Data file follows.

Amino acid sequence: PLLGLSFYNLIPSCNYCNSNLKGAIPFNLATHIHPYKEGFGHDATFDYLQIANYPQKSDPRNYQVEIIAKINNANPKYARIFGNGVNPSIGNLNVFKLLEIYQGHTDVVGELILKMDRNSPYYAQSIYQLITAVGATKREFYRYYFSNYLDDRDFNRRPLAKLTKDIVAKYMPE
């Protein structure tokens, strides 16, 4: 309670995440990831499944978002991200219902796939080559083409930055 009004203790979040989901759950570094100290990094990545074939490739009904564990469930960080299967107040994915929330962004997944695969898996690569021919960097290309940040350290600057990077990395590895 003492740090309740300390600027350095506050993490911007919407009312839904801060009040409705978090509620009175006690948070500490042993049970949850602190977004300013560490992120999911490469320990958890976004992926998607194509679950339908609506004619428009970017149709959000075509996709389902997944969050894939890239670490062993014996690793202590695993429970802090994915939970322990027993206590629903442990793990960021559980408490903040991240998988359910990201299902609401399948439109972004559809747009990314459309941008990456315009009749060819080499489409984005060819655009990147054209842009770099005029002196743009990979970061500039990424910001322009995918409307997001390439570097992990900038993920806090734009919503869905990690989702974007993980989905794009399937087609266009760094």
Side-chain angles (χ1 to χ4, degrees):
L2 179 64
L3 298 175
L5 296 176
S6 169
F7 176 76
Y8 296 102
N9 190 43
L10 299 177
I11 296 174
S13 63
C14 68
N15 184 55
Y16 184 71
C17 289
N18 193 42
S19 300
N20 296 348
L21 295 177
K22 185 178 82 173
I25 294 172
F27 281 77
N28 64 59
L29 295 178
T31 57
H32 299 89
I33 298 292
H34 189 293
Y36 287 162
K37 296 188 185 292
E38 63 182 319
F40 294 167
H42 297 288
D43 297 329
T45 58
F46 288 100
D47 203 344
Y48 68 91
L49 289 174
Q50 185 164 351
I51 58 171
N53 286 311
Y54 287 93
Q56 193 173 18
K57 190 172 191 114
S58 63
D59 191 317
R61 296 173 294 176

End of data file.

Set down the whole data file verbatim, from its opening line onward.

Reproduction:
Amino acid sequence: PLLGLSFYNLIPSCNYCNSNLKGAIPFNLATHIHPYKEGFGHDATFDYLQIANYPQKSDPRNYQVEIIAKINNANPKYARIFGNGVNPSIGNLNVFKLLEIYQGHTDVVGELILKMDRNSPYYAQSIYQLITAVGATKREFYRYYFSNYLDDRDFNRRPLAKLTKDIVAKYMPE
């Protein structure tokens, strides 16, 4: 309670995440990831499944978002991200219902796939080559083409930055 009004203790979040989901759950570094100290990094990545074939490739009904564990469930960080299967107040994915929330962004997944695969898996690569021919960097290309940040350290600057990077990395590895 003492740090309740300390600027350095506050993490911007919407009312839904801060009040409705978090509620009175006690948070500490042993049970949850602190977004300013560490992120999911490469320990958890976004992926998607194509679950339908609506004619428009970017149709959000075509996709389902997944969050894939890239670490062993014996690793202590695993429970802090994915939970322990027993206590629903442990793990960021559980408490903040991240998988359910990201299902609401399948439109972004559809747009990314459309941008990456315009009749060819080499489409984005060819655009990147054209842009770099005029002196743009990979970061500039990424910001322009995918409307997001390439570097992990900038993920806090734009919503869905990690989702974007993980989905794009399937087609266009760094």
Side-chain angles (χ1 to χ4, degrees):
L2 179 64
L3 298 175
L5 296 176
S6 169
F7 176 76
Y8 296 102
N9 190 43
L10 299 177
I11 296 174
S13 63
C14 68
N15 184 55
Y16 184 71
C17 289
N18 193 42
S19 300
N20 296 348
L21 295 177
K22 185 178 82 173
I25 294 172
F27 281 77
N28 64 59
L29 295 178
T31 57
H32 299 89
I33 298 292
H34 189 293
Y36 287 162
K37 296 188 185 292
E38 63 182 319
F40 294 167
H42 297 288
D43 297 329
T45 58
F46 288 100
D47 203 344
Y48 68 91
L49 289 174
Q50 185 164 351
I51 58 171
N53 286 311
Y54 287 93
Q56 193 173 18
K57 190 172 191 114
S58 63
D59 191 317
R61 296 173 294 176